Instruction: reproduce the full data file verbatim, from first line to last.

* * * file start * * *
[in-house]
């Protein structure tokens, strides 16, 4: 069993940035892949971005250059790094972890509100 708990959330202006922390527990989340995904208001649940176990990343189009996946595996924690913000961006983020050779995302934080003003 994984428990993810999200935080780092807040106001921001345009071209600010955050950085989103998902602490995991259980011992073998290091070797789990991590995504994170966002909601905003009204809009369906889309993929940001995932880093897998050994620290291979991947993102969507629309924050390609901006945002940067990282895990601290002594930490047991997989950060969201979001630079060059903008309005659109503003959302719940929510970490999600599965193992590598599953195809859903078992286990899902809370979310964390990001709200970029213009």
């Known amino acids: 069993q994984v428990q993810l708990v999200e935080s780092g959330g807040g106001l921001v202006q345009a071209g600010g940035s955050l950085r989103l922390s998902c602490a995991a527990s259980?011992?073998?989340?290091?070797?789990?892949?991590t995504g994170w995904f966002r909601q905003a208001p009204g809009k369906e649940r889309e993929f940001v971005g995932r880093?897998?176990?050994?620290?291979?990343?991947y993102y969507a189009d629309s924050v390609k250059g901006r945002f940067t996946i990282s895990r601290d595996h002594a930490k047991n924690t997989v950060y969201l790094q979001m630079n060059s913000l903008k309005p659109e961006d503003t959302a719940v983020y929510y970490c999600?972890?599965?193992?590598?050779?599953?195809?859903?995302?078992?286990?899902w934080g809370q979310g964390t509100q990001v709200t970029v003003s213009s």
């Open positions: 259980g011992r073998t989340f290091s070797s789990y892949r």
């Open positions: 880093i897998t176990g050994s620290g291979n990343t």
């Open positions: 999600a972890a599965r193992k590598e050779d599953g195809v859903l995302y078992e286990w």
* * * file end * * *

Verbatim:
[in-house]
């Protein structure tokens, strides 16, 4: 069993940035892949971005250059790094972890509100 708990959330202006922390527990989340995904208001649940176990990343189009996946595996924690913000961006983020050779995302934080003003 994984428990993810999200935080780092807040106001921001345009071209600010955050950085989103998902602490995991259980011992073998290091070797789990991590995504994170966002909601905003009204809009369906889309993929940001995932880093897998050994620290291979991947993102969507629309924050390609901006945002940067990282895990601290002594930490047991997989950060969201979001630079060059903008309005659109503003959302719940929510970490999600599965193992590598599953195809859903078992286990899902809370979310964390990001709200970029213009």
């Known amino acids: 069993q994984v428990q993810l708990v999200e935080s780092g959330g807040g106001l921001v202006q345009a071209g600010g940035s955050l950085r989103l922390s998902c602490a995991a527990s259980?011992?073998?989340?290091?070797?789990?892949?991590t995504g994170w995904f966002r909601q905003a208001p009204g809009k369906e649940r889309e993929f940001v971005g995932r880093?897998?176990?050994?620290?291979?990343?991947y993102y969507a189009d629309s924050v390609k250059g901006r945002f940067t996946i990282s895990r601290d595996h002594a930490k047991n924690t997989v950060y969201l790094q979001m630079n060059s913000l903008k309005p659109e961006d503003t959302a719940v983020y929510y970490c999600?972890?599965?193992?590598?050779?599953?195809?859903?995302?078992?286990?899902w934080g809370q979310g964390t509100q990001v709200t970029v003003s213009s």
């Open positions: 259980g011992r073998t989340f290091s070797s789990y892949r």
């Open positions: 880093i897998t176990g050994s620290g291979n990343t």
């Open positions: 999600a972890a599965r193992k590598e050779d599953g195809v859903l995302y078992e286990w």